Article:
BN Americas – 23.11.17
Brazil’s Petrobras is pushing ahead with its asset divestments, announcing this week that it has signed an agreement with local energy company Eneva for the sale of the Azulão field’s exploration and production rights for US$54.5mn.
The onshore asset, which was declared commercial in May 2004, is located 290km east of Manaus, in the northern state of Amazonas.
According to Eneva, Azulão has recoverable volumes of natural gas with potential to supply a thermoelectric plant, similar to the reservoir-to-wire model implemented by the company in the Paranaíba basin.
The agreement is the first to be closed under Petrobras’ 2017-18 divestment plan, which involves the sale of US$21bn in assets.
The deal is also the first under the new system established by federal audit court TCU for the state-run oil company’s divestments.
The previous divestment plan for 2015-16 faced difficulties not only due to irregularities encountered by the TCU but also because of several lawsuits filed by oil workers unions that managed to suspend some of the transactions.
That was the case of the operations involving Nova Transportadora do Sudeste (NTS), Liquigás, Gaspetro, the UFN III nitrogen fertilizer unit, Petroquímica Suape and Citepe, BR Distribuidora, the BM-S-8 offshore block, the Baúna, Tartaruga Verde and Lapa and Iara offshore fields and Sergipe and Ceará shallow water and onshore assets.
Petrobras succeeded in obtaining court rulings to conclude some of those sales.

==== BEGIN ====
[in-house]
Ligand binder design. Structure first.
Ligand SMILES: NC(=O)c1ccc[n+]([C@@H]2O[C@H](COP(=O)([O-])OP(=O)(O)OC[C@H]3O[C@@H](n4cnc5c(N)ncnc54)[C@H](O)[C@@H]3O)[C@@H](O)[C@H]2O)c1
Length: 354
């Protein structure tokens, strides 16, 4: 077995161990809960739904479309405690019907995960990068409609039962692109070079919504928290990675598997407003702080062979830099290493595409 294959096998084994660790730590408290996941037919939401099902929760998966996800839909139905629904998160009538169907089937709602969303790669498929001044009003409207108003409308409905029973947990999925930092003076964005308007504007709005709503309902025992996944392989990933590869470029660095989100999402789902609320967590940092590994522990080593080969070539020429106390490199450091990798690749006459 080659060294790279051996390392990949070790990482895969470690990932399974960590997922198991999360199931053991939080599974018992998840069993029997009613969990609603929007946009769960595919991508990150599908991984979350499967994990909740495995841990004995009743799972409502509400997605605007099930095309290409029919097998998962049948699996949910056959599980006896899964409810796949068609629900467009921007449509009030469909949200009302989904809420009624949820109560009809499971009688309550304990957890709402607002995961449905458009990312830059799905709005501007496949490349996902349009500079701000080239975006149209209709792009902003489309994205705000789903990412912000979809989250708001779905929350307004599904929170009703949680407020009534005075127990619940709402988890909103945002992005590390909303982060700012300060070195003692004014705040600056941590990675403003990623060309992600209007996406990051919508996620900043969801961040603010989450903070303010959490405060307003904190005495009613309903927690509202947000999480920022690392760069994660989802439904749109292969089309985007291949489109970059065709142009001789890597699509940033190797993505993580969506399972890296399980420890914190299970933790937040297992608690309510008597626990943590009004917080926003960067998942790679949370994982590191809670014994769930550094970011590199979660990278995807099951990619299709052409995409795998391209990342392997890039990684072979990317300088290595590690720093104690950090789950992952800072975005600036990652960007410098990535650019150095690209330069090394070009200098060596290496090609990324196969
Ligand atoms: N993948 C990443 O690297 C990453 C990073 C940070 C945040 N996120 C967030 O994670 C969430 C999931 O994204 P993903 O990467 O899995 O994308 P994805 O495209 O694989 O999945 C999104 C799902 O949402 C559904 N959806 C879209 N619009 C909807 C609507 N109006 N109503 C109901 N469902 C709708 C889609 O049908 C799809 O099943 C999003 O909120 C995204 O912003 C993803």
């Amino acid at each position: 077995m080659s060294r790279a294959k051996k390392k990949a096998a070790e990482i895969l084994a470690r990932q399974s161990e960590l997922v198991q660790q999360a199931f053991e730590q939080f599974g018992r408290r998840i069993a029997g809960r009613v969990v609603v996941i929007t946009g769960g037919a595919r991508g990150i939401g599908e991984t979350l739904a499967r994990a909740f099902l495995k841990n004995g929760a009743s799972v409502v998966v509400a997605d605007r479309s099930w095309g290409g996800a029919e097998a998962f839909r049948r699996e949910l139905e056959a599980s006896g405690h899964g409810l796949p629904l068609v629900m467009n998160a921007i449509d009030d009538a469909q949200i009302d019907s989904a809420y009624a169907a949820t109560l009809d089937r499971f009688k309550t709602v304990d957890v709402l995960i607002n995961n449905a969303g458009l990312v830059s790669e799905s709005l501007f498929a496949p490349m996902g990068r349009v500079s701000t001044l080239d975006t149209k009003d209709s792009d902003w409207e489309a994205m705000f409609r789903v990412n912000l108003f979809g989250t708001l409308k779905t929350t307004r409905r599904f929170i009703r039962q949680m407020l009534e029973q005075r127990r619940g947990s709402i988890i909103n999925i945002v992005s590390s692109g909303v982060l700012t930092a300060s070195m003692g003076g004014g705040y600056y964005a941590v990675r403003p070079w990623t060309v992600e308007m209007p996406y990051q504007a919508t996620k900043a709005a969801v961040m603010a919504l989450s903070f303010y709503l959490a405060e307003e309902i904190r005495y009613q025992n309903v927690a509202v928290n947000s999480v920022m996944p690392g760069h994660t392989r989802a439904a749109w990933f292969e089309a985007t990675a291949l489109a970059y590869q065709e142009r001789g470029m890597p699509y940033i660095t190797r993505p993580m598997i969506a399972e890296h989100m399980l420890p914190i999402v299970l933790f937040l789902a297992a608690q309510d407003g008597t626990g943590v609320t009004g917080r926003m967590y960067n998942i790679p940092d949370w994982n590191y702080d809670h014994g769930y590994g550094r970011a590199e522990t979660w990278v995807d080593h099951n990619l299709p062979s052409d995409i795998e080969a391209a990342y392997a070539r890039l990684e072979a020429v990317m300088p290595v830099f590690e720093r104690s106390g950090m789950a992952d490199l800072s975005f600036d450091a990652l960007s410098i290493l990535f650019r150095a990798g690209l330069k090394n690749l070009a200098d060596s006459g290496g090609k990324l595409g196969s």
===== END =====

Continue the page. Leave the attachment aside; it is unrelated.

In December 2015, Gaspetro was sold to Japan’s Mitsui for US$593mn and NTS last April was bought by Canada’s Brookfield (US$5.2bn), while the BM-S-8 block, where the Carcará discovery is located, is on the verge of having its sale process suspension terminated by the courts, allowing Petrobras to sell it to Norway’s Statoil.
The same procedure has been adopted in the case of Petroquímica Suape and Citepe’s sale to Mexico’s Alpek (US$385mn), the Lapa and Iara fields to France’s Total (US$2.2bn) and Liquigás to local company Ultrapar (US$840mn). None of these transactions, however, has been formally concluded, according to Petrobras.
On Thursday, the oil company disclosed that Brazil’s antitrust body Cade has extended the analysis period for evaluating the Liquigás’ sale.
Also as part of its previous divestment plan, Petrobras sold its Argentine (US$897mn) and Chilean (US$464mn) subsidiaries in addition to its assets in Argentina’s Austral basin (US$101mn), the Nansei Sekiyu refinery in Japan (US$165mn) and its Guarani (US$203mn) and Nova Fronteira (US$133mn) sugar-alcohol companies.
Meanwhile, the UFN III and the Lapa and Iara fields sale processes have been resumed, while the Ceará and Sergipe assets have been included in new packages that also contain Rio Grande do Norte, Rio de Janeiro and São Paulo state assets.
The processes for the Baúna and Tartaruga fields and BR Distribuidora’s operations, however, ended up being canceled after Petrobras failed to gain court authorization to proceed with their sale.
While the transaction for the Santos basin offshore fields with Australia’s Karoon seems to have no near term prospect of materializing, the BR Distribuidora divestment strategy changed and now Petrobras is preparing to offload a minority stake in the company.
In terms of oil and gas fields, the new divestment plan also calls for the sale of the Juruá and Maromba assets in the Solimões (onshore) and Campos (offshore) basins, and the Riacho da Forquilha, Buracica and Miranga onshore assets (Bahia and Rio Grande do Norte).
Petrobras is also working on the sale of its Paraguayan downstream assets, its gas logistics company Transportadora Associada de Gas (TAG) and subsidiary Petrobras Oil & Gas BV (POGBV), which owns several assets in Africa.
“In general, Petrobras should be successful in stopping the lawsuits aiming to halt its divestment program currently underway,” Paulo Valois, partner at law firm Schmidt Valois, told BNamericas.